33. MRC (2015) Vulnerability report volume 2: basin-wide climate change impact and vulnerability assessment for wetland dependent livelihoods and eco-services. Mekong River Commission/ICEM, Vientiane/MelbourneGoogle Scholar
  34. Office of Agricultural Economics (2015) Agricultural statistics of Thailand 2015. Ministry of Agriculture and Co-operatives, BangkokGoogle Scholar
  35. Parajuli K, Kang K (2014) Application of statistical downscaling in GCMs at constructing the map of precipitation. Russ Meteorol Hydrol 39(4):271–282CrossRefGoogle Scholar
  36. Phengphaengsy F, Okudaira H (2008) Assessment of irrigation efficiencies and water productivity in paddy fields in the lower Mekong River Basin. Paddy Water Environ 6:105–114CrossRefGoogle Scholar
  37. Pukngam S (2001) The comparative studies on evapotranspiration of paddy field and different forest types in the northern Thailand based on Bowen ratio method. Kasetsart University, BangkokGoogle Scholar
  38. Raes D, Steduto P, Hsiao T, Fereres E (2009) AquaCrop version 3.0: reference manual. FAO, Land and Water Division, RomeGoogle Scholar
  39. Räsänen TA, Lindgren V, Guillaume JHA, Buckley BM, Kummu M (2016) On the spatial and temporal variability of ENSO precipitation and drought teleconnection in mainland Southeast Asia. Clim Past 12:1889–1905CrossRefGoogle Scholar
  40. Sawano S, Hasegawa T, Goto S, Konghakote P, Polthanee A, Ishigooka Y, Kuwagata T, Toritani H (2008) Modelling the dependence of the crop calendar for rainfed rice on precipitation in Northeast Thailand. Paddy Water Environ 6:83–90CrossRefGoogle Scholar
  41. Sawatdikarn S, Kansomtob K (2012) Selection for drought tolerance in fifteen rice varieties. Agric Sci J 43(2)(Suppl):581–584Google Scholar
  42. Saxton KE, Rawls WJ (2006) Soil water characteristic estimates by texture and organic matter for hydrologic solutions. Soil Sci Soc Am J 70:1569–1578CrossRefGoogle Scholar
  43. Schipper L, Liu W, Krawanchid D, Chanthy S (2010) Review of climate change adaptation methods and tools. MRC Technical Paper No. 34, Mekong River Commission, VientianeGoogle Scholar
  44. Subburayan S, Murugappan A, Mohan S (2011) Modified Hargreaves equation for estimation of ET0 in a hot and humid location in Tamilnadu State, India. Int J Eng Sci Technol 3(1):592–600Google Scholar
  45. Suif Z, Yoshimura C, Valeriano OCS, Seingkemg H (2013) Spatially distributed model for soil erosion and sediment transport in the Mekong River Basin. In: Proceedings of the seventeenth international water technology conference, IWTC17, Istanbul, TurkeyGoogle Scholar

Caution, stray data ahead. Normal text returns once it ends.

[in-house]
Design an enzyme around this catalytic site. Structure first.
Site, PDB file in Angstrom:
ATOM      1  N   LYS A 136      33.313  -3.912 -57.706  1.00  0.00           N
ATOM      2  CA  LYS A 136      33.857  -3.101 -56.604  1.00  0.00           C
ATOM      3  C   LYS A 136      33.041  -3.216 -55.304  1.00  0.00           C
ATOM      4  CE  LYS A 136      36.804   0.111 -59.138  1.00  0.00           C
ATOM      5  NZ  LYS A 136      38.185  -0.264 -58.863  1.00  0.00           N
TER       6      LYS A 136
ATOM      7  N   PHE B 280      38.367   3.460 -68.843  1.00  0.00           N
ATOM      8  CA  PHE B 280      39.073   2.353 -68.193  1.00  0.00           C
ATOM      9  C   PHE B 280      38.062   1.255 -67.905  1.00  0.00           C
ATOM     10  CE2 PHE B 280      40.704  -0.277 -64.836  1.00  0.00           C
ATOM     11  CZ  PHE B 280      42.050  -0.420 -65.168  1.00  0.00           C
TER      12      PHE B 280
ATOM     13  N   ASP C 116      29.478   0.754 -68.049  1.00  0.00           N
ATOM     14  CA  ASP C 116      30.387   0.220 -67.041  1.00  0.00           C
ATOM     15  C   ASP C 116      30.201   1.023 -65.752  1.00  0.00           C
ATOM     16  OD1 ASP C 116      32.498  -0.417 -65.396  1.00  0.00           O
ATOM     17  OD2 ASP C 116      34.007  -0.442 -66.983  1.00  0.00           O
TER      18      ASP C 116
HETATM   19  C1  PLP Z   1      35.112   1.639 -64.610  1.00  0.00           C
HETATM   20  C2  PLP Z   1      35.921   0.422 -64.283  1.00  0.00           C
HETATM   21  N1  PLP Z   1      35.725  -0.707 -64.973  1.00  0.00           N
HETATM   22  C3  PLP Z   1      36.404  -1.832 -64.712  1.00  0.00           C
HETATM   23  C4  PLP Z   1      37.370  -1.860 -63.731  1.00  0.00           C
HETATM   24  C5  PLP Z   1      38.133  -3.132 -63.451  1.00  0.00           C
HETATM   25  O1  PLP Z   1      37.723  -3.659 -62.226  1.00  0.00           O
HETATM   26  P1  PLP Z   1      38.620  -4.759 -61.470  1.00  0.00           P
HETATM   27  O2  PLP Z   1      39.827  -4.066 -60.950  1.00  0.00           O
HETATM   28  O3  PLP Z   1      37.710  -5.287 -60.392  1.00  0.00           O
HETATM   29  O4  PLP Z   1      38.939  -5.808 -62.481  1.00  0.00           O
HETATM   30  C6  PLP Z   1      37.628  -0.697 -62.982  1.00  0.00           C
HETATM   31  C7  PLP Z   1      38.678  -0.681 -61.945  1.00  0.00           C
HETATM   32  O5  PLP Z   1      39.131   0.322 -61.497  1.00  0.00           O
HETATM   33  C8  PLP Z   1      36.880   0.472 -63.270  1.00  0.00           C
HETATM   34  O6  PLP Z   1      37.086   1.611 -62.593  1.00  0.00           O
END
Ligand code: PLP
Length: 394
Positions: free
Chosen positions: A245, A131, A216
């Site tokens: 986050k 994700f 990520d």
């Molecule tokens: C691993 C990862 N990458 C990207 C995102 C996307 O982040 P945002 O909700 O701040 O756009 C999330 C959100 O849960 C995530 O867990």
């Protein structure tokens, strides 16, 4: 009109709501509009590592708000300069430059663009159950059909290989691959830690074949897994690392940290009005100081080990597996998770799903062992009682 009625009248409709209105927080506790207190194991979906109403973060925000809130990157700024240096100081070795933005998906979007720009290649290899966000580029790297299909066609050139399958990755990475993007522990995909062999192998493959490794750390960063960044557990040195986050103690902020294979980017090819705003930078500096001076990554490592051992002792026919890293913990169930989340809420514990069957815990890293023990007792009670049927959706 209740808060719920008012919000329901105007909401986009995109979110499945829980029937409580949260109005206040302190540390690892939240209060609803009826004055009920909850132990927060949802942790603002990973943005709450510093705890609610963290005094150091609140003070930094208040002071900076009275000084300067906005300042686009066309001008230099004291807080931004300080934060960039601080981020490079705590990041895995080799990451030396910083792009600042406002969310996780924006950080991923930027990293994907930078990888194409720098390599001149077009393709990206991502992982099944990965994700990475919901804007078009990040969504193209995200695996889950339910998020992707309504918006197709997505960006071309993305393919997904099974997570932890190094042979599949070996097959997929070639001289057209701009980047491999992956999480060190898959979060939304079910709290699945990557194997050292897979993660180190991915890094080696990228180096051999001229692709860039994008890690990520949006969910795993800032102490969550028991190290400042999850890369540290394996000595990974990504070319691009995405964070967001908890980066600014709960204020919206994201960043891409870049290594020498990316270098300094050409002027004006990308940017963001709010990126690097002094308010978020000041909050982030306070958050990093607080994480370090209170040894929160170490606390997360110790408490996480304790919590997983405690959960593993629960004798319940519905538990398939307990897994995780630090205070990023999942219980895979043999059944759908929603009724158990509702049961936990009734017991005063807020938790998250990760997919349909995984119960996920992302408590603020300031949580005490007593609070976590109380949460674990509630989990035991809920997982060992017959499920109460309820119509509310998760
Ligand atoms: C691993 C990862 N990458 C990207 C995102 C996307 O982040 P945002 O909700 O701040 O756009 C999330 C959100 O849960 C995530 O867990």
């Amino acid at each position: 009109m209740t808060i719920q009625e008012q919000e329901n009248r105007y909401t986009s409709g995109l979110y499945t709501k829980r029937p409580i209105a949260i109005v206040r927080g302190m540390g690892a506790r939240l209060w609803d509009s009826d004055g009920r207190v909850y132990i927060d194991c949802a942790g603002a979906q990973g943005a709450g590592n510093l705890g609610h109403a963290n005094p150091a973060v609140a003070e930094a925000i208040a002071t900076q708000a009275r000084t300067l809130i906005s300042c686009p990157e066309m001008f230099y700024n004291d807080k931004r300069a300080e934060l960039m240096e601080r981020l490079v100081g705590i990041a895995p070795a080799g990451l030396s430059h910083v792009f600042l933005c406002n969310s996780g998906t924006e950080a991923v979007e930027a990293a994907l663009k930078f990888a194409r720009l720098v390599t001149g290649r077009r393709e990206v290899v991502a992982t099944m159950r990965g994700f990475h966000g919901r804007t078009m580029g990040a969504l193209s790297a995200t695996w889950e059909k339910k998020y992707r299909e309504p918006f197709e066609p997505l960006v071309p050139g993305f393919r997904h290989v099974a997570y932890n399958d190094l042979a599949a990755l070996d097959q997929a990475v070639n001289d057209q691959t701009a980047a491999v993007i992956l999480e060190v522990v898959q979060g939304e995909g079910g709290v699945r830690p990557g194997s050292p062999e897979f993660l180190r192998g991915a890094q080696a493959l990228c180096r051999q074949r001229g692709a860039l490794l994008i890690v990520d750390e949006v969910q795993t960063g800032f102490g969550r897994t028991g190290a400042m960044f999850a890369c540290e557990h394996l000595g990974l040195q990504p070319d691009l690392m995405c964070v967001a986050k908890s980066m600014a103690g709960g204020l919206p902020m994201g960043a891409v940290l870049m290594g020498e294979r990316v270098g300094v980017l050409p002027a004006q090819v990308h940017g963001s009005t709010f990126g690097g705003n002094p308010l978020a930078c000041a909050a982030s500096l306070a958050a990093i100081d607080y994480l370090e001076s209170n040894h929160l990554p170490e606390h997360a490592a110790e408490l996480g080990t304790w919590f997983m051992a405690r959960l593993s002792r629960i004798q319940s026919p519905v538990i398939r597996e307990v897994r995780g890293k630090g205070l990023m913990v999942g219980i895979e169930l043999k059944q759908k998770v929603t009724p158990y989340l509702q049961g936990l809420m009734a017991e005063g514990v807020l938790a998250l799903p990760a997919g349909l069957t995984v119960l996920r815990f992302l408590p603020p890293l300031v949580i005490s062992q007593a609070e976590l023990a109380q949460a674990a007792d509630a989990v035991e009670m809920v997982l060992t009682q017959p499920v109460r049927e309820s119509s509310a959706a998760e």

46. Tallis HT, Ricketts T, Guerry AD,Wood SA, Sharp R, Nelson E, Ennaanay D,Wolny S, Olwero N, Vigerstol K, Pennington D, Mendoza G, Aukema J, Foster J, Forrest J, Cameron D, Arkema K, Lonsdorf E, Kennedy C, Verutes G, Kim CK, Guannel G, Papenfus M, Toft J, Marsik M, Bernhardt J, Griffin R, Glowinski K, Chaumont N, Perelman A, Lacayo M, Mandle L, Griffin R, Hamel P, Chaplin-Kramer R (2013) InVEST 3.0.0 user’s guide. The Natural Capital Project, StanfordGoogle Scholar
  47. Tanaka N, Kume T, Yoshifuji N, Tanaka K, Takizawa H, Shiraki K, Tantasirin C, Tangtham N, Suzuki M (2008) A review of evapotranspiration estimates from tropical forests in Thailand and adjacent regions. Agric Fort Meteorol 148:807–819CrossRefGoogle Scholar
  48. Tansiri B, Saifak K (1999) Land suitability evaluation for economic crops. Land Development Department, BangkokGoogle Scholar
  49. Trisurat Y (2013) Assessing ecosystem services at the Sakaerat Environmental Research Station, Nakhon Ratchasima Province (in Thai). J For Manag 6:1–17Google Scholar
  50. Trisurat Y, Eiwpanich P, Kalliola R (2016) Integrating land use and climate change scenarios and models into assessment of forested watershed services in Southern Thailand. Environ Res 147:611–620CrossRefPubMedGoogle Scholar
  51. Tue NT, Dung LV, Nhuan MT, Omoru K (2014) Carbon storage of a tropical mangrove forest in Mui Ca Mau national park, Viet Nam. CATENA 121:119–126CrossRefGoogle Scholar
  52. Warrick RA (2009) Using SimCLIM for modelling the impacts of climate extremes in a changing climate: a preliminary case study of household water harvesting in Southeast Queensland. In: 18th World IMACS/MODSIM Congress, Cairns, Australia, pp 2583–2589Google Scholar
  53. Yamauchi K (2014) Climate change impacts on agriculture and irrigation in the Lower Mekong Basin. Paddy Water Environ 12(Suppl):S227–S240CrossRefGoogle Scholar
  54. Zhang L, Dawes WR, Walker GR (2001) Response of mean annual evapotranspiration to vegetation changes at catchment scale. Water Resour Res 37:701–708CrossRefGoogle Scholar

Copyright information

© The Ecological Society of Japan 2017

Authors and Affiliations

  • Yongyut Trisurat
    • 1
  • Aekkapol Aekakkararungroj
    • 2
    • 3
  • Hwan-ok Ma
    • 4
  • John M. Johnston
    • 5
  1. 1.Faculty of ForestryKasetsart UniversityBangkokThailand
  2. 2.Mekong River Commission, Climate Change and Adaptation InitiativeVientianeLao PDR
  3. 3.ADPC SERVIR-MekongBangkokThailand
  4. 4.Division of Forest ManagementInternational Tropical Timber Organization (ITTO)YokohamaJapan
  5. 5.USEPA/ORD/NERL Computational Exposure DivisionAthensUSA

Personalised recommendations